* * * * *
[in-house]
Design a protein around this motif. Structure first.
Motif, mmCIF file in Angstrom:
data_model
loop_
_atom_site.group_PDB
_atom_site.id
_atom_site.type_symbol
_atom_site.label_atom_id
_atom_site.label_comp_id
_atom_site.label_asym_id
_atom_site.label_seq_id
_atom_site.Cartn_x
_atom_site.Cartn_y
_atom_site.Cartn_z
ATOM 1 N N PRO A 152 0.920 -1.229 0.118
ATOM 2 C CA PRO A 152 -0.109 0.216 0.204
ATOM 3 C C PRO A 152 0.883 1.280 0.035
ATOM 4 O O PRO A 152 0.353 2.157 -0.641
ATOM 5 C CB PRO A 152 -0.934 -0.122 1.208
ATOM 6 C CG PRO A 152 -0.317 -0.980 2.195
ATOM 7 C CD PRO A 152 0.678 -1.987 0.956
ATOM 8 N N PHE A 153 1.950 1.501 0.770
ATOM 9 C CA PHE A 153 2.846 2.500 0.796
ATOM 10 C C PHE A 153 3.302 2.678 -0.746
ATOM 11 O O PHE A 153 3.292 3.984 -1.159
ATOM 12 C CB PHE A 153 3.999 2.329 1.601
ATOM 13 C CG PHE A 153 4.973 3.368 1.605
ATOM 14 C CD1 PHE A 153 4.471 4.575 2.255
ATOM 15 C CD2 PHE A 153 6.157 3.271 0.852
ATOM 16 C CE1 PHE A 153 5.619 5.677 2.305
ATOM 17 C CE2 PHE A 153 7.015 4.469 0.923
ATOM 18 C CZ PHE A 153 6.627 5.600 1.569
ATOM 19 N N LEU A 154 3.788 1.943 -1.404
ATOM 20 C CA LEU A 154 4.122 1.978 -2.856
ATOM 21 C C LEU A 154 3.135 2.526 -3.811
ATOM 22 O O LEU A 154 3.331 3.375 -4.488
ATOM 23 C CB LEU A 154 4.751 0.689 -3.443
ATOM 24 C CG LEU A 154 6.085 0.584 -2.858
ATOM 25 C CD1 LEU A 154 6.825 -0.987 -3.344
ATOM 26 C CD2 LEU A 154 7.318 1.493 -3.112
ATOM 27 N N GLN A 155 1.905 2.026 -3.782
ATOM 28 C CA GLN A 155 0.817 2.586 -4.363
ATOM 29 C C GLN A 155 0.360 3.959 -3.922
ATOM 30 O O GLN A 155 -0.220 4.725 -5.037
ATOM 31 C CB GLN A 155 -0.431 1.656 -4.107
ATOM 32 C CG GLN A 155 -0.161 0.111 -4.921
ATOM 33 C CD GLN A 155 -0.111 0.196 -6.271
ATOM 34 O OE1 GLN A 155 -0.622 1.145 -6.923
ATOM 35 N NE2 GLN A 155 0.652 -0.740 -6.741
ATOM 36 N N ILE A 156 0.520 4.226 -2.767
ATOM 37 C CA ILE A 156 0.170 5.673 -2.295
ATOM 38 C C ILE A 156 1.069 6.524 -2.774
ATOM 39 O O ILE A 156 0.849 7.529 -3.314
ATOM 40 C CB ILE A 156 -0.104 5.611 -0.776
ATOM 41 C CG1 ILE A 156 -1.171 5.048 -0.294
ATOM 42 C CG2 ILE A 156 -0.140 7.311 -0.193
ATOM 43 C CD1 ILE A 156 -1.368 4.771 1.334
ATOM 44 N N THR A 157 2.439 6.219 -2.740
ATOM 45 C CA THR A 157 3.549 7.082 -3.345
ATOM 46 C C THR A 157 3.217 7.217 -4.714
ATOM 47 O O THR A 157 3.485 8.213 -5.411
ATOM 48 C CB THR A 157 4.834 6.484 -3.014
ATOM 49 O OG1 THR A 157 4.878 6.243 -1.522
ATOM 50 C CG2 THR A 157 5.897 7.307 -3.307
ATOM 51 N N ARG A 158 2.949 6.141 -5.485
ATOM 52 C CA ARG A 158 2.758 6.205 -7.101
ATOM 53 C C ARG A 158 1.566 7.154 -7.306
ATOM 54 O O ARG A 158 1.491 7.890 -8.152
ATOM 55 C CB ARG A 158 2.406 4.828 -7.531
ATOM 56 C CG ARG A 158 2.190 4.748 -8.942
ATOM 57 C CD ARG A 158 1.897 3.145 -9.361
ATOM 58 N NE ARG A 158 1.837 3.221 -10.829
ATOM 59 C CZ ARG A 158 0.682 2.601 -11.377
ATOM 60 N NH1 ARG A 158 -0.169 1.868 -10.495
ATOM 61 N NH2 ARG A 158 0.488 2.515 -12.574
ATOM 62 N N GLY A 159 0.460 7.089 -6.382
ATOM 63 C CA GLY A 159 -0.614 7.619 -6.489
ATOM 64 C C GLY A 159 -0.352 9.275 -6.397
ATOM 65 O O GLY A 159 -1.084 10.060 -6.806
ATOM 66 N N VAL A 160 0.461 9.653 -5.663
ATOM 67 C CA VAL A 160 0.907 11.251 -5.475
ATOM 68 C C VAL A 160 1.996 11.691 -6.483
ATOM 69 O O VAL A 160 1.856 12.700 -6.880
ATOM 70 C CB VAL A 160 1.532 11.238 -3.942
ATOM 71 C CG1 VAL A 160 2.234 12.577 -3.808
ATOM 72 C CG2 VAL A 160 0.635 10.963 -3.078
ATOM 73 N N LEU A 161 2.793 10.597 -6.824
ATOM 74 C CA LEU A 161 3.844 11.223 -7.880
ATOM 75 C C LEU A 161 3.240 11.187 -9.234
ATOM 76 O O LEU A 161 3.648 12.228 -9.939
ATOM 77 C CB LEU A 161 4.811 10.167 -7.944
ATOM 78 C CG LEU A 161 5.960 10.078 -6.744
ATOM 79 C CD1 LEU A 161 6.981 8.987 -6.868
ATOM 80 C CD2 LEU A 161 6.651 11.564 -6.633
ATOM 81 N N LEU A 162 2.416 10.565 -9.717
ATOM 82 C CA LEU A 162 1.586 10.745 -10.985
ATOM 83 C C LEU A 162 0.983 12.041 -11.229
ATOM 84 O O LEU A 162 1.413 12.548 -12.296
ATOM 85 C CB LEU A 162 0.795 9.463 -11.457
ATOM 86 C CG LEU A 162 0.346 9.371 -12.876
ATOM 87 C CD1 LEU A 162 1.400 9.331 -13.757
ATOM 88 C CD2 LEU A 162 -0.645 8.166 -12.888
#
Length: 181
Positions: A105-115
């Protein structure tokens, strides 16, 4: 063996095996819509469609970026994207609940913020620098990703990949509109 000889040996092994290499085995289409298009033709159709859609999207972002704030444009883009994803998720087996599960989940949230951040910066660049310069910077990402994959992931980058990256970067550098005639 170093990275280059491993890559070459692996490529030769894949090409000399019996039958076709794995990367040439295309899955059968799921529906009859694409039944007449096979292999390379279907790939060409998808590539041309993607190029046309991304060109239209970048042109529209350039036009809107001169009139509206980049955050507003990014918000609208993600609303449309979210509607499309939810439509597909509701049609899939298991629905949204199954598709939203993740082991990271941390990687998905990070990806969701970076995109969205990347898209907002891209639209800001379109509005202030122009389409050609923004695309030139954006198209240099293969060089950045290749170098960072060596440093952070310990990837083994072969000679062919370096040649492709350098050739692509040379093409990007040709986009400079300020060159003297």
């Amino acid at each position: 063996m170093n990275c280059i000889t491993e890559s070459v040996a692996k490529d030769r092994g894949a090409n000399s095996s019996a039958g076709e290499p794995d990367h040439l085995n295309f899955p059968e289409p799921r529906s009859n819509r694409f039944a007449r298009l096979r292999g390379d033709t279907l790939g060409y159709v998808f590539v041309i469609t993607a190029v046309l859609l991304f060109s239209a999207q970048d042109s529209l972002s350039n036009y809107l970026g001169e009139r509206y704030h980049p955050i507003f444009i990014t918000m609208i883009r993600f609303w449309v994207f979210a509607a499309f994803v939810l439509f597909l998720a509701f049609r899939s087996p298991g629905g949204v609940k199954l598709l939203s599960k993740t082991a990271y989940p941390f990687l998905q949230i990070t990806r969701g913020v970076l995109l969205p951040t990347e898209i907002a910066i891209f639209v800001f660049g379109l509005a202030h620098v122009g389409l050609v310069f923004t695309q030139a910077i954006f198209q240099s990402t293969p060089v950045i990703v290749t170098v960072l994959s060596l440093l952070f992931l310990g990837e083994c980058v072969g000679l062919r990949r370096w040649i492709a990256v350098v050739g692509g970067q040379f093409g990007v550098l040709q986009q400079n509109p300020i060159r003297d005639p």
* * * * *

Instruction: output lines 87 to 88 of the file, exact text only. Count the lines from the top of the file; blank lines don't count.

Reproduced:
ATOM 72 C CG2 VAL A 160 0.635 10.963 -3.078
ATOM 73 N N LEU A 161 2.793 10.597 -6.824